Cynthia Logue Barrentine: Daughter, Sister, Aunt, Wife, Mother, and Friend. We lost my Aunt Cindy almost nine years ago, and, for me, it's still hard to think about her without longing to see her again. Hear her again. Hug her again...
The topic for the upcoming Carnival of Genealogy is "Mothers." My first instinct, of course, was to write about my own mother. She raised me and taught me so much. In fact, she continues to raise and teach me! Not only as my mother, but now as my friend. However, I don't think my mother would mind that I was guided to her sister Cindy.
I am constantly reminded that Cindy left behind a daughter. She's in high school now, and I cannot imagine how she must ache for her mother. This post, however, is from my point of view. And that is how I intend to tell you about Cindy.
Cindy was one tough lady. The phrase, "cuss like a sailor," would fit her just fine. What was funny, though, was (as far as I could tell) she was the only one who could get away with it in my grandparents' (her parents) home. Four siblings grew up in that household, but only one would let 'em fly. Why? I guess because, well, that was Cindy.
To further illustrate the "one tough lady" remark: During our last conversation, Cindy told me to be sure to "not take sh*t" from anyone. To put it mildly, her opinions were not filtered, and they were freely given. She always knew when and where to give them, though. She would never embarrass you. Time and place were something she had an instinct for.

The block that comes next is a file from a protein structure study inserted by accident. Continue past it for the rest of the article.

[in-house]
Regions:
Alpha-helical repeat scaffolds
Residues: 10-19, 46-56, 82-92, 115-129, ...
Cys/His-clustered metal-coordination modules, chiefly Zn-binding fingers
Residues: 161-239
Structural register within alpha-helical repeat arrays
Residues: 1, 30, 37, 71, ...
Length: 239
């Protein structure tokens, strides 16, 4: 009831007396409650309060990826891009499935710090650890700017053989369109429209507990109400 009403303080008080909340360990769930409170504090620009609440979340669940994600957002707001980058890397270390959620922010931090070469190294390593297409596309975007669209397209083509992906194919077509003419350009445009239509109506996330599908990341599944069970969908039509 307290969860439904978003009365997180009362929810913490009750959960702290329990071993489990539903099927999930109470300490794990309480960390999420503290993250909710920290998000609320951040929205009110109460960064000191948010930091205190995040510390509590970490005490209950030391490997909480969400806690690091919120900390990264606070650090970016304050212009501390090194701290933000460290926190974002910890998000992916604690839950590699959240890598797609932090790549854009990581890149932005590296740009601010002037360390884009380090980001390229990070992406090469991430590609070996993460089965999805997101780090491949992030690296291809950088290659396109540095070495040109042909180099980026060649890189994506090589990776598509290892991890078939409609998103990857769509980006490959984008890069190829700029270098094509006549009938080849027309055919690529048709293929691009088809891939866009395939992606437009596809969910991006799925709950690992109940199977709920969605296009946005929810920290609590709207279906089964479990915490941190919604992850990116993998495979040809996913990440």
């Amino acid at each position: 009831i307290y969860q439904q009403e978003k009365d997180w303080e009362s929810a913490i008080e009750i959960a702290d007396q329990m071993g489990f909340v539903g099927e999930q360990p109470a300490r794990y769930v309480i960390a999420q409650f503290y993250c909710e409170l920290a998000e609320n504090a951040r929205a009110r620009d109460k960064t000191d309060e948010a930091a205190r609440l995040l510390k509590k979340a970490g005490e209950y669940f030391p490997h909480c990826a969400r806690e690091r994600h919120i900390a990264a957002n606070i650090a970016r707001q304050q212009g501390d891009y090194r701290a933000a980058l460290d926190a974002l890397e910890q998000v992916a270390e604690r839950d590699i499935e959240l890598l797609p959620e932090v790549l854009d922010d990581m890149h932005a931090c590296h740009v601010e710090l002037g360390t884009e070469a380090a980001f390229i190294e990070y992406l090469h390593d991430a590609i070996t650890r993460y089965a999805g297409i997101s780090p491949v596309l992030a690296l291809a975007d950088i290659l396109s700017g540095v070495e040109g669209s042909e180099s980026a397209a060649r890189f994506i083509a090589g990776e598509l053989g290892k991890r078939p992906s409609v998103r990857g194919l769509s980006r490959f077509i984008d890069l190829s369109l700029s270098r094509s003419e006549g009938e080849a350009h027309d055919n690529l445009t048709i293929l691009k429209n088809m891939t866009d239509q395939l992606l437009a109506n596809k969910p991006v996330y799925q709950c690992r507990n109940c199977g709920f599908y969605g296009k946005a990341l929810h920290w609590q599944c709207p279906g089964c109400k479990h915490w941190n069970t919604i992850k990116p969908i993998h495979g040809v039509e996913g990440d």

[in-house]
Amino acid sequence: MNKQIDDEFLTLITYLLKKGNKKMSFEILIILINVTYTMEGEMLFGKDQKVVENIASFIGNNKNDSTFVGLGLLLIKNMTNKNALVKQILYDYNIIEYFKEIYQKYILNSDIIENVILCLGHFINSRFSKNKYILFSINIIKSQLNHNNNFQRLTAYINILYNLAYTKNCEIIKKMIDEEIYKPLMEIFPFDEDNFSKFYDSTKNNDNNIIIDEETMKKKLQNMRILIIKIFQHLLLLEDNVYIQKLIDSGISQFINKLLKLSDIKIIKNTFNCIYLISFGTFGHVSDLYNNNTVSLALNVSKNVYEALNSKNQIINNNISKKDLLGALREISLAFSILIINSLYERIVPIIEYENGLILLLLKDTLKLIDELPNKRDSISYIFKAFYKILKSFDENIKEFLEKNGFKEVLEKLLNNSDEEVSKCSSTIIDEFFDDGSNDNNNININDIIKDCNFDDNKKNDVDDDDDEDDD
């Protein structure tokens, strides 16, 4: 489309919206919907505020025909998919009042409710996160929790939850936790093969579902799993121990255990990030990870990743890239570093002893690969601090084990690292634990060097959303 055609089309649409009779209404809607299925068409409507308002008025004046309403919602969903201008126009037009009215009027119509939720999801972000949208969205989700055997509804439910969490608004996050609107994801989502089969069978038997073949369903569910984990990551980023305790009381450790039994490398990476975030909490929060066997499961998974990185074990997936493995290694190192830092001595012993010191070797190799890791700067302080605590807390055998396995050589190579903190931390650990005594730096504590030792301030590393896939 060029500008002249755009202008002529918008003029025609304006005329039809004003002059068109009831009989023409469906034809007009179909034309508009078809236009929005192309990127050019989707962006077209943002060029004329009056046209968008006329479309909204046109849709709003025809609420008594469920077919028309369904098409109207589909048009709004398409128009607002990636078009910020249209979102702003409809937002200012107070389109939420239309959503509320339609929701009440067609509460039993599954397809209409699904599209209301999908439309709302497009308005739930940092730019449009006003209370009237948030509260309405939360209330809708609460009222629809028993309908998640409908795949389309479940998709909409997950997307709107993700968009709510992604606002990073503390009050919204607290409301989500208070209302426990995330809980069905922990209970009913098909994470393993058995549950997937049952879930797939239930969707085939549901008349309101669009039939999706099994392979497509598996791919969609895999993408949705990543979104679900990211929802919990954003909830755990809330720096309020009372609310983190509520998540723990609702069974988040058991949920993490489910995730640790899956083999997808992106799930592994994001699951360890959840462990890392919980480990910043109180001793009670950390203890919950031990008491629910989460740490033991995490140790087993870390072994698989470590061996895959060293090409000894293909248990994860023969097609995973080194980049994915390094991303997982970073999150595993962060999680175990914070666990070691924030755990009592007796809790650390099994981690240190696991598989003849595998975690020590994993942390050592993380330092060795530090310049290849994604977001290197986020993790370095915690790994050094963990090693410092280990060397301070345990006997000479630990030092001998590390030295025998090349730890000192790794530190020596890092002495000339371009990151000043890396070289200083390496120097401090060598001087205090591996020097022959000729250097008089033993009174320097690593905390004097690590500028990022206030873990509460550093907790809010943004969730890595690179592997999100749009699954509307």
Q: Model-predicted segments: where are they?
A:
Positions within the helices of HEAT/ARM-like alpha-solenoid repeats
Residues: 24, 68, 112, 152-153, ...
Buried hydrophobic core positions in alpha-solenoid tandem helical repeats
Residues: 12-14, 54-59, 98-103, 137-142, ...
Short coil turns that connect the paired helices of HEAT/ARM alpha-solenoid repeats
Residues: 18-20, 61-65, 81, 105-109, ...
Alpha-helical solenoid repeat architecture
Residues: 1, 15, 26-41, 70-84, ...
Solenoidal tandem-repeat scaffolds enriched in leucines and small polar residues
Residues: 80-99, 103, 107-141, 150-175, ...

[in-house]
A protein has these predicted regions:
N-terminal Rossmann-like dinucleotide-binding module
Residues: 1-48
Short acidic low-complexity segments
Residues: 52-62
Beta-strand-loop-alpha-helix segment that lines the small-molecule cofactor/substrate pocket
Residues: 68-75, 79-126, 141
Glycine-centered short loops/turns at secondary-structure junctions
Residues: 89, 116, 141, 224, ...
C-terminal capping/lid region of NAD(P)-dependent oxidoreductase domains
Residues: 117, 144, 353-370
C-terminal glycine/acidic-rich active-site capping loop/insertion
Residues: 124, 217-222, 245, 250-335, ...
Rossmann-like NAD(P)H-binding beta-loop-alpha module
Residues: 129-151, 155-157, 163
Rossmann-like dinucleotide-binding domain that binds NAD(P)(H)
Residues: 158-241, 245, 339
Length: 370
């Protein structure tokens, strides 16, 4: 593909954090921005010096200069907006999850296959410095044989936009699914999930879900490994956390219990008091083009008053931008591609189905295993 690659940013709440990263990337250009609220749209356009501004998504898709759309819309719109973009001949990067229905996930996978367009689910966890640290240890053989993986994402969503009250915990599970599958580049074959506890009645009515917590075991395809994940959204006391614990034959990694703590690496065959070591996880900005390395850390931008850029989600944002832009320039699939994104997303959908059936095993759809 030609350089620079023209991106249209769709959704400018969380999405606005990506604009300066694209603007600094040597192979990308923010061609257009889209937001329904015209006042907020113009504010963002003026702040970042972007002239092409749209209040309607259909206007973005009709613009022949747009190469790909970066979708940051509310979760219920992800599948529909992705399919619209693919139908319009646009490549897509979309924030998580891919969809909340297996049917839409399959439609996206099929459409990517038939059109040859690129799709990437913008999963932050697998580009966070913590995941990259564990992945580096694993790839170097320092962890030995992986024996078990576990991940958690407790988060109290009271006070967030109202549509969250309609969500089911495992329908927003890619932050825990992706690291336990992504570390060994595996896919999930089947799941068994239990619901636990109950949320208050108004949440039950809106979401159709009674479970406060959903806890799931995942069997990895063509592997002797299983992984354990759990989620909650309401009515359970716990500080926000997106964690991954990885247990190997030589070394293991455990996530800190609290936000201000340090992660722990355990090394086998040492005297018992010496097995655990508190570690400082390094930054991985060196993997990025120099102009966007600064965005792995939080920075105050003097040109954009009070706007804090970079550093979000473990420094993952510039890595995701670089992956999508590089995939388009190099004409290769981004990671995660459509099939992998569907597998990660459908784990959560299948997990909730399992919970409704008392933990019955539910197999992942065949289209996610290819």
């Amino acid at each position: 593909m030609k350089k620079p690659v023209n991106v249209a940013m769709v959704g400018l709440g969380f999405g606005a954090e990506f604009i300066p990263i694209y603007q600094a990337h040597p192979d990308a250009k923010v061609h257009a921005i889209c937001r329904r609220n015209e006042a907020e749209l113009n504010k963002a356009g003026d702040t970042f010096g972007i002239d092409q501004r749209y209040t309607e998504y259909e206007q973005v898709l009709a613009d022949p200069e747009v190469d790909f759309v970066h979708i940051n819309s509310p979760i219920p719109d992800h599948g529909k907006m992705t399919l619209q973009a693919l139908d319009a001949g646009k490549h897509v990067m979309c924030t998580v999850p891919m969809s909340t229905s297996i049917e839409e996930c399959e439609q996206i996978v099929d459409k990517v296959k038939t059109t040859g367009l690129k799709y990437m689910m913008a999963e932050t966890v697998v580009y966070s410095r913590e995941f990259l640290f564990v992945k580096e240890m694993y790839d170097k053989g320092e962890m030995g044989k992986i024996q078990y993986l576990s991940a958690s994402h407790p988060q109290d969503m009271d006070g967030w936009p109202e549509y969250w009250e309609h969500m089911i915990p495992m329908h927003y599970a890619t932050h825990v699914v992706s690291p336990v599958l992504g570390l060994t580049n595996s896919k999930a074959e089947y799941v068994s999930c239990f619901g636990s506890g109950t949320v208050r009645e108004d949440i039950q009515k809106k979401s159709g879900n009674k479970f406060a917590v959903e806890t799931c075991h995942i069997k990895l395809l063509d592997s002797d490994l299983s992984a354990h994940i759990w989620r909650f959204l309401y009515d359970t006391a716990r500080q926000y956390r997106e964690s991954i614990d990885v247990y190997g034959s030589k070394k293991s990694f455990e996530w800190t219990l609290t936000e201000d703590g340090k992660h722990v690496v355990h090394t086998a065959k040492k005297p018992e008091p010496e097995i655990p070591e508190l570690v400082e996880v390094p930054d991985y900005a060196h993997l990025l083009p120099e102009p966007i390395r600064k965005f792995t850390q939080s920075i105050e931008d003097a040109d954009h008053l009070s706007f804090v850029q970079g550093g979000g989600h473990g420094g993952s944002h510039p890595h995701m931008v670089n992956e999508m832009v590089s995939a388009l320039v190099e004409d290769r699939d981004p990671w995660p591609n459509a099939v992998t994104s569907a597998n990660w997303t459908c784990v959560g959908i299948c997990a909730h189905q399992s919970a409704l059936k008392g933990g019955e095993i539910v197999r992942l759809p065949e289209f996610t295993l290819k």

During my times with just her, her words were always kind. This tough woman had a heart full of love, and I never doubted it. I know now that she was always teaching me. Back then, it just seemed like goofing off and having fun! :-)
When I got a little older, she continued to keep me under her wing. Something I will always remember was she refused to let me call her ma'am. I was raised to say "yes, ma'am; yes, sir" and the like. Of course, when I was around a lot of family members, it would come naturally and often. If I addressed her in that fashion, though, her response would be, "What?!" Sometimes it would take me a minute to get what she was referring to, but then a light bulb would go off, and I would apologize.
Some might not think that whole scenario to be a big deal, but it conveyed a lot to me. Cindy believed her and I to be equals. I could speak to her about anything (and I did), and she would return the favor.
And Cindy was the most non-judgemental person I have ever known! She treated everyone the same, with whatever respect they deserved. She would strive to give a person whatever needed to better their self and their life.
While Cindy was a firm believer in God her whole life, when her daughter was born she strengthened her walk with Him. She knew her daughter being surrounded by family and friends would not always be enough. Cindy was a wonderful role model for her child, giving her the foundation I believe she needed to live fully without her mother physically by her side.
Maybe that's one of the reasons a statue in Bonaventure Cemetery struck me so. It was an angel, and just below her feet was the inscription "Cindy." This memorial was, of course, for another woman who went by that name. And while I'm sure the other woman was equally deserving, that image always comes to mind when I think of my Cindy in her Heavenly form.
There's so much more I want to tell you about Cindy -- how she was the one who enabled me to watch scary movies, how she liked her oatmeal cookies so soft they would melt in your mouth, how her potato salad is to this day my favorite food, how she was NOT a morning person, how she always told me to watch out for snakes when I left her house, how her laugh was quiet yet contagious... how I can still feel her love, even at this very moment.